When the Indian government decides that an 118-year-old extradition deal signed by the British rulers of this country and their Chilean counterparts of that time is still valid, even seasoned diplomats privately admit that it’s “unique and unusual”.
That’s what happened on April 28 when the government issued an official notification validating the 1897 treaty after Chile sought the extradition of a French woman for her alleged role in the killing of a Chilean parliamentarian in 1991.
With no existing extradition treaty between the two countries, the old treaty was considered a “convenient peg” and was accepted as applicable by both countries since there was “no clause that needed to be changed,” sources in the Ministry of External Affairs said.
Marie Emanuelle Verhoeven, 55, was arrested in February while entering India from Nepal on a valid visa, on the basis of an Interpol red corner notice issued against her.
Verhoeven’s case is now in Delhi High Court with the 55-year-old claiming she was wrongly arrested when she reached the country for a “pilgrimage”. She has also sought bail as well as quashing of the extradition proceedings initiated against her by the Indian government.
According to Chile’s extradition request, a copy of which has been submitted before the court, Verhoeven is the “principal offender” in a “terrorist attack” carried out in April 1991 that led to the death of Senator Jaime Guzman Errazuriz.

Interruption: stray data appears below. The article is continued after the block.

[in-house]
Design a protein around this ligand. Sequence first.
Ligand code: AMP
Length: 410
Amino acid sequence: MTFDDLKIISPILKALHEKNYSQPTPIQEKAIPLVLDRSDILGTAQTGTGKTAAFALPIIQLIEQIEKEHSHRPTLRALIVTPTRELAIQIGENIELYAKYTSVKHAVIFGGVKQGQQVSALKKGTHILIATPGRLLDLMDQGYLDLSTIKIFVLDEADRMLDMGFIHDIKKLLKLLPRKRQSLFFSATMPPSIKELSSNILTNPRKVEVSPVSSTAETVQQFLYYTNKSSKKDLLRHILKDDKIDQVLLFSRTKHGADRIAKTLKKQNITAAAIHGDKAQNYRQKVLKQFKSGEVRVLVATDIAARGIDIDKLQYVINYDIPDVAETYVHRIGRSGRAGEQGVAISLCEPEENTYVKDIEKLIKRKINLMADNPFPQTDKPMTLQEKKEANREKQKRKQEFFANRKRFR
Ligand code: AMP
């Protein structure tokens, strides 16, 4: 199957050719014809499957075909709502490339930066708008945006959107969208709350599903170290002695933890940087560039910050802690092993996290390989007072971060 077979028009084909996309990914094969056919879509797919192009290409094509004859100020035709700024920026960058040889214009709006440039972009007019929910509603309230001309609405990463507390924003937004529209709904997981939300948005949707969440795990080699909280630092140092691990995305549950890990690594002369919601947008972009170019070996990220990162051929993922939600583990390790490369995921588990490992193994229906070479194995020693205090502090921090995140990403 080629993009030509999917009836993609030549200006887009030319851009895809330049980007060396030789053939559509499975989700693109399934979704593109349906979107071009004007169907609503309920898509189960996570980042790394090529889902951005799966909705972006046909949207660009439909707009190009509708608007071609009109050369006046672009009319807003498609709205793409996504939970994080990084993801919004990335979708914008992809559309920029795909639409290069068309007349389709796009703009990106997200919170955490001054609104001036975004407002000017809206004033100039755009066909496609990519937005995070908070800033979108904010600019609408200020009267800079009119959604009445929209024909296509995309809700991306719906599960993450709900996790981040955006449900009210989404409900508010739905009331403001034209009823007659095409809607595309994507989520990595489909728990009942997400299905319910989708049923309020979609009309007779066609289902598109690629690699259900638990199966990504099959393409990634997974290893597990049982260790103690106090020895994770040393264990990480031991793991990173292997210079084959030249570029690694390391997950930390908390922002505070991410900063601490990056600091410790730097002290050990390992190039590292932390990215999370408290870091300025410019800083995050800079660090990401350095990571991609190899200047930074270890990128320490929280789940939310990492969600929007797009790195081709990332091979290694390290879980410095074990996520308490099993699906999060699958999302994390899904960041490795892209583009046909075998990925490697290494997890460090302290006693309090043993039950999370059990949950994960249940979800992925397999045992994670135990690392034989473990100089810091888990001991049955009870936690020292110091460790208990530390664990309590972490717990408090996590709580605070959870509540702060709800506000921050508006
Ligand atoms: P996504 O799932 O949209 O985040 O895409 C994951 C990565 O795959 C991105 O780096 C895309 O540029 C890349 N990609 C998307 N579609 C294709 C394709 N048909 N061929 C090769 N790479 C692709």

In her plea, however, Verhoeven has denied all allegations, and claimed that she was a “member of the Latin American Economic and Social Committee and participated in special human rights missions”.
The plea claims that Verhoeven was an “officer of the prison administration in Chile, as an assistant to the National Directorate,” during her stay in Chile between 1985-1995.
She has also claimed that the allegations against her were the result of a “political vendetta”, and that she had been previously detained on similar grounds in Germany, where a court had denied the extradition request.
The notification for the treaty, examined by The Indian Express, confirms that the pact signed between “the United Kingdom of Great Britain and Ireland and the republic of Chile in 1897 and ratified in 1898 shall be considered to be in force”.
The remaining text simply reproduces the treaty signed between the two and includes the stipulation that it would also be applicable to the “colonies and foreign possessions of the UK”.
When contacted, MEA sources said there was “no bar” against the government taking such a step, but admitted it was was a “unique and unusual case”.
Verhoeven has remained in Tihar since her arrest, and a bail application was denied in March by a magistrate’s court in Delhi.
During brief arguments before the vacation bench of Delhi High Court judge Justice Mukta Gupta last week, the MEA argued that the case was “being taken very seriously” by India since the offence involved the “assassination of a parliamentarian” in Chile.
The counsel also informed the court that a court of inquiry, under the Extradition Act, had been initiated against Verhoeven on May 29 after the formal extradition request under the validated treaty was received from the Chilean government on May 27.
The High Court is set to consider Verhoeven’s plea on Wednesday.